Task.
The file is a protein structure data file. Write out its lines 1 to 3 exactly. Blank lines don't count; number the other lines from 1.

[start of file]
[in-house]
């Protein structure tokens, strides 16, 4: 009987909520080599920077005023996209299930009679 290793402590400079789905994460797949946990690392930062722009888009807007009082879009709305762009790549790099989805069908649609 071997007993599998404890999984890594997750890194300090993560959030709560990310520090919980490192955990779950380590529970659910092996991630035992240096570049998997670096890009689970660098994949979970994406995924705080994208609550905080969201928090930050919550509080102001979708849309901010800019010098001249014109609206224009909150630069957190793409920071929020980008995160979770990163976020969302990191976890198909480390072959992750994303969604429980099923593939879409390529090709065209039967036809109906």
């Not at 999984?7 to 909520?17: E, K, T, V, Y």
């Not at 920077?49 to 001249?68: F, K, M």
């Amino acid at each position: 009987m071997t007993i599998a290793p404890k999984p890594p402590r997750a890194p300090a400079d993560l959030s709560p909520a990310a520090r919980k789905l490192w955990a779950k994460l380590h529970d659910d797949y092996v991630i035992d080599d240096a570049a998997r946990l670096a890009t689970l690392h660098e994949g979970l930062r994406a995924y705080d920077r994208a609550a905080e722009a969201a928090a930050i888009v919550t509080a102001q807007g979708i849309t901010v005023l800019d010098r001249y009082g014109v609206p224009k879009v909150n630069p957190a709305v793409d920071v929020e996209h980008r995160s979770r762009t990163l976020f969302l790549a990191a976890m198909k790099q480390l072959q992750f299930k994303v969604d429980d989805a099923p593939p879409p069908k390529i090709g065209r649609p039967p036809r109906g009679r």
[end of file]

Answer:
[in-house]
């Protein structure tokens, strides 16, 4: 009987909520080599920077005023996209299930009679 290793402590400079789905994460797949946990690392930062722009888009807007009082879009709305762009790549790099989805069908649609 071997007993599998404890999984890594997750890194300090993560959030709560990310520090919980490192955990779950380590529970659910092996991630035992240096570049998997670096890009689970660098994949979970994406995924705080994208609550905080969201928090930050919550509080102001979708849309901010800019010098001249014109609206224009909150630069957190793409920071929020980008995160979770990163976020969302990191976890198909480390072959992750994303969604429980099923593939879409390529090709065209039967036809109906």
């Not at 999984?7 to 909520?17: E, K, T, V, Y």